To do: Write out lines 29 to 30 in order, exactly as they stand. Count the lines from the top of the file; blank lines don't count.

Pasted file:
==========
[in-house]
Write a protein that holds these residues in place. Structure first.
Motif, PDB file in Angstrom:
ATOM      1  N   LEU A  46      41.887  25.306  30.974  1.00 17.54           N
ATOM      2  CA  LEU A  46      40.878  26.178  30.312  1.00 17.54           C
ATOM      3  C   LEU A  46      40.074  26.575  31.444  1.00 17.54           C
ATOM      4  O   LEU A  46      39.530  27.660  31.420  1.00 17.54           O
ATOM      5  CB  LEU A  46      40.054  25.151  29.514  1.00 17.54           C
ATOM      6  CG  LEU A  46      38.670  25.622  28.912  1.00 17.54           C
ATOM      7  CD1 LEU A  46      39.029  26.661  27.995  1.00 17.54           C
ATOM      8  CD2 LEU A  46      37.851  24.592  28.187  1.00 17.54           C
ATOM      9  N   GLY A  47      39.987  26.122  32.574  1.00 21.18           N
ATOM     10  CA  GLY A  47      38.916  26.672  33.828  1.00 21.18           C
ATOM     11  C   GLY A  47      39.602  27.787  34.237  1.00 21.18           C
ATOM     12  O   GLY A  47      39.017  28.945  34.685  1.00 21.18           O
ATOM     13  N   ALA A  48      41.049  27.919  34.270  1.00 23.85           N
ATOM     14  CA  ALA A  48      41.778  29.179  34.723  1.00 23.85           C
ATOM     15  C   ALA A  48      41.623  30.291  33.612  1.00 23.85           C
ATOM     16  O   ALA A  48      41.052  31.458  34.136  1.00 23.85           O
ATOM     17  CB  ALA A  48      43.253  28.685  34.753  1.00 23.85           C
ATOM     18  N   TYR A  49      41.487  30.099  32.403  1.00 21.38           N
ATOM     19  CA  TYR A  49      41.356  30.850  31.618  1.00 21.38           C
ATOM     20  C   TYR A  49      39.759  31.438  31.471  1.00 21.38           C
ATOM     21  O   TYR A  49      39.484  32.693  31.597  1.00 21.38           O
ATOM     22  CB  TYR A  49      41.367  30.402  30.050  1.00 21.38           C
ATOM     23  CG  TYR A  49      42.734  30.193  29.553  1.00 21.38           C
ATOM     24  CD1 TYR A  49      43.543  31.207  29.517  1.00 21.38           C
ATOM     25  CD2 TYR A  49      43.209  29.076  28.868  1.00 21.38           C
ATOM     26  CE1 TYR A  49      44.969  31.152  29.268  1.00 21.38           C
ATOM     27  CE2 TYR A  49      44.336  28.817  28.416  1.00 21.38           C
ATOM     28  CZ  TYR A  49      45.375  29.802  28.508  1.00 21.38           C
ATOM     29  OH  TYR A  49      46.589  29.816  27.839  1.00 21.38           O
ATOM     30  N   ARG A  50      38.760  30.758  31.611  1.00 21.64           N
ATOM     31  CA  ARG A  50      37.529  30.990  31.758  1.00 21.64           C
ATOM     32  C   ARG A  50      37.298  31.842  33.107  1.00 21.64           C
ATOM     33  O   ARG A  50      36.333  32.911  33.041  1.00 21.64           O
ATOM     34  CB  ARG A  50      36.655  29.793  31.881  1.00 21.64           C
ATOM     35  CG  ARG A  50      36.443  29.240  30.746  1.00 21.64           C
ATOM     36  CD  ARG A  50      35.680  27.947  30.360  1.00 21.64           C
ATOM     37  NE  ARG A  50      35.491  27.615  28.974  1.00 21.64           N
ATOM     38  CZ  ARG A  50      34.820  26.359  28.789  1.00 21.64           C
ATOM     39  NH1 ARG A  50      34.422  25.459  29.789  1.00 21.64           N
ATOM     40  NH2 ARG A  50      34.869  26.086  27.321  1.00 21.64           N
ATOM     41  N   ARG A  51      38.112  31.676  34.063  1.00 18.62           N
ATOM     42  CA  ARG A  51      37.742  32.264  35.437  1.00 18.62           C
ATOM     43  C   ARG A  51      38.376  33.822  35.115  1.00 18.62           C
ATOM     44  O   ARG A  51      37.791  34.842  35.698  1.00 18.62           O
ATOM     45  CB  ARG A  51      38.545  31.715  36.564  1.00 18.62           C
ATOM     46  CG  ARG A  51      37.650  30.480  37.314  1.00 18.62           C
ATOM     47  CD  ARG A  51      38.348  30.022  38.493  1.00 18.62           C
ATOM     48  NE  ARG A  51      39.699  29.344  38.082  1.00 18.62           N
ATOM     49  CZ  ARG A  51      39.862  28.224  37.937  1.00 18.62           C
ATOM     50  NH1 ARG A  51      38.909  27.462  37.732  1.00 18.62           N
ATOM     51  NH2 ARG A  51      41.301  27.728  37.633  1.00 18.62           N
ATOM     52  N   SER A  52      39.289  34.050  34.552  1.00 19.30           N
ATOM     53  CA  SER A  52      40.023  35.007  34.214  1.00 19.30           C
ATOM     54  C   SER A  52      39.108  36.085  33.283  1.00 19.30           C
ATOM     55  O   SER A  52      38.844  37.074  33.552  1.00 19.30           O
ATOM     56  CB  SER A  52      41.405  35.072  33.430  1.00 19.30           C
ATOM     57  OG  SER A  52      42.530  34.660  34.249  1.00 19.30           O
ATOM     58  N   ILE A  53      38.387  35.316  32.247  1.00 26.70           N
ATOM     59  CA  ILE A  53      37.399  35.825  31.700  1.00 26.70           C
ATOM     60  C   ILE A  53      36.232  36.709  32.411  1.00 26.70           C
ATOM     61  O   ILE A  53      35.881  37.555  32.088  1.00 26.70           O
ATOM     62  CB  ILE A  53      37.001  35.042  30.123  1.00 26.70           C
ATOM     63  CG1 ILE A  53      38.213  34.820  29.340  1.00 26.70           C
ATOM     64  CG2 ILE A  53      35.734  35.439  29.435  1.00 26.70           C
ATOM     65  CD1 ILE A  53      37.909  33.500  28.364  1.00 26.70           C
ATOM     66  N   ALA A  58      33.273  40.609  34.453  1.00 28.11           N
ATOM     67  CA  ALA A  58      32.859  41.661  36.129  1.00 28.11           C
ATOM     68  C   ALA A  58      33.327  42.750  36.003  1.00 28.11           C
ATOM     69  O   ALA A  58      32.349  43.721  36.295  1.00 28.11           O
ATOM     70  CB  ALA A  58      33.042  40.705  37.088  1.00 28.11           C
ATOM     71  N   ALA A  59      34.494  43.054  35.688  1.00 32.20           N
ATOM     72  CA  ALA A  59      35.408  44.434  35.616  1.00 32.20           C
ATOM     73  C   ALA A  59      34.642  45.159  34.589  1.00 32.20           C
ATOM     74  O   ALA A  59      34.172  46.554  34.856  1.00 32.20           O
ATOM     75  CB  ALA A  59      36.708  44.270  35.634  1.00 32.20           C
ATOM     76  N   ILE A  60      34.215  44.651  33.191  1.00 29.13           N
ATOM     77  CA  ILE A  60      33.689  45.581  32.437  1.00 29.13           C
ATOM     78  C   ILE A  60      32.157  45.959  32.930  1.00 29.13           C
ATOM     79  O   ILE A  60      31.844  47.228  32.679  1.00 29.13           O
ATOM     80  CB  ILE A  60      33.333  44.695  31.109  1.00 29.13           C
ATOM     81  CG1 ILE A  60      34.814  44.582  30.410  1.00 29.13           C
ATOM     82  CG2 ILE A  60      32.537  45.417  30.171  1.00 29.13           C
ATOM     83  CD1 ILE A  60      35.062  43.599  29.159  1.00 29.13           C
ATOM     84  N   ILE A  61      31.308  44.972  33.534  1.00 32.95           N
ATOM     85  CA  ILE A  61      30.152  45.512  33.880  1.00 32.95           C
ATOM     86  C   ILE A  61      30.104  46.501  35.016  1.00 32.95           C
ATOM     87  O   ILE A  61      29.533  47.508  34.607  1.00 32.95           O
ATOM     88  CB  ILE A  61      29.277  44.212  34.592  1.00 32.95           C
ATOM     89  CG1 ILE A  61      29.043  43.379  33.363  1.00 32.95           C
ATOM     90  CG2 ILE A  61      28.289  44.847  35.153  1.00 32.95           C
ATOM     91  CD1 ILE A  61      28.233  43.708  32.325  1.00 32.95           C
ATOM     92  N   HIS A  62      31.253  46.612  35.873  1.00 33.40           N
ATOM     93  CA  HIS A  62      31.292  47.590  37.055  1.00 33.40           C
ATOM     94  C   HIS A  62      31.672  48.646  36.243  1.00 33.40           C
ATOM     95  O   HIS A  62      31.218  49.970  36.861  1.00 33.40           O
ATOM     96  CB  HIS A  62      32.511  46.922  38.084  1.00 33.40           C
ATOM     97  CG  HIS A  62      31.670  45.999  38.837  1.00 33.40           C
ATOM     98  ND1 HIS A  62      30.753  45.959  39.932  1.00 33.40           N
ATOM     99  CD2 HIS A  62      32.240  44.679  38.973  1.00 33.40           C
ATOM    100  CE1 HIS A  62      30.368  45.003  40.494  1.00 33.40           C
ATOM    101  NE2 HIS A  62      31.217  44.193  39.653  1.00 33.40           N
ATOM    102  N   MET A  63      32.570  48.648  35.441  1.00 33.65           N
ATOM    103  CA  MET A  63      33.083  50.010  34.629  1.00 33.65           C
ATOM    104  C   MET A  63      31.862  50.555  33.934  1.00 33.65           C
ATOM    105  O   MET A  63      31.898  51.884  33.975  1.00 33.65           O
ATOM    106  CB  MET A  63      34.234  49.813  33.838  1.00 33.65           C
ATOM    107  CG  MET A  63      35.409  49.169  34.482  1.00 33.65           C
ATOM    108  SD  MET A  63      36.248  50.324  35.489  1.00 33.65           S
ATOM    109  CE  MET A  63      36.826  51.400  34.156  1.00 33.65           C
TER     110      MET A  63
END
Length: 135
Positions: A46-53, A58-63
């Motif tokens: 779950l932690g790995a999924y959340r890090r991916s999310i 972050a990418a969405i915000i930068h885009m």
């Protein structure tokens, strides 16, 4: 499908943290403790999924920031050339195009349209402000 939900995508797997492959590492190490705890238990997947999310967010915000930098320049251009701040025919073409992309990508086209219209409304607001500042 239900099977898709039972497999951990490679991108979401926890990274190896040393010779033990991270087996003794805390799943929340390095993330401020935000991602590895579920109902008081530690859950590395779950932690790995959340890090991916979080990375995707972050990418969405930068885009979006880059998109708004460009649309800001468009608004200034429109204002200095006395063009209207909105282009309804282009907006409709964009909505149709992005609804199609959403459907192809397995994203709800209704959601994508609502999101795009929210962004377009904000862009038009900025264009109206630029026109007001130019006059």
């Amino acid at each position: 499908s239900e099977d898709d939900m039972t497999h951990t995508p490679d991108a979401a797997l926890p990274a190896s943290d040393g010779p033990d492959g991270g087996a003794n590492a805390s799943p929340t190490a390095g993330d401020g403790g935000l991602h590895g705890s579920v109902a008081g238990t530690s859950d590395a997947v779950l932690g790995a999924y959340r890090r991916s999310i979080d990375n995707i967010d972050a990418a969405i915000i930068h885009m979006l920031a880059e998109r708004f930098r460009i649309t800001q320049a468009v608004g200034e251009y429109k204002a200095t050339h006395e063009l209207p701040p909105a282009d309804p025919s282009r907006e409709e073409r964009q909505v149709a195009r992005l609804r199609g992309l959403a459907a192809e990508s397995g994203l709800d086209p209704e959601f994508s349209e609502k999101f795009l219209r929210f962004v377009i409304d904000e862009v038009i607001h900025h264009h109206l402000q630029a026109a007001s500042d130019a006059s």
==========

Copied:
ATOM     26  CE1 TYR A  49      44.969  31.152  29.268  1.00 21.38           C
ATOM     27  CE2 TYR A  49      44.336  28.817  28.416  1.00 21.38           C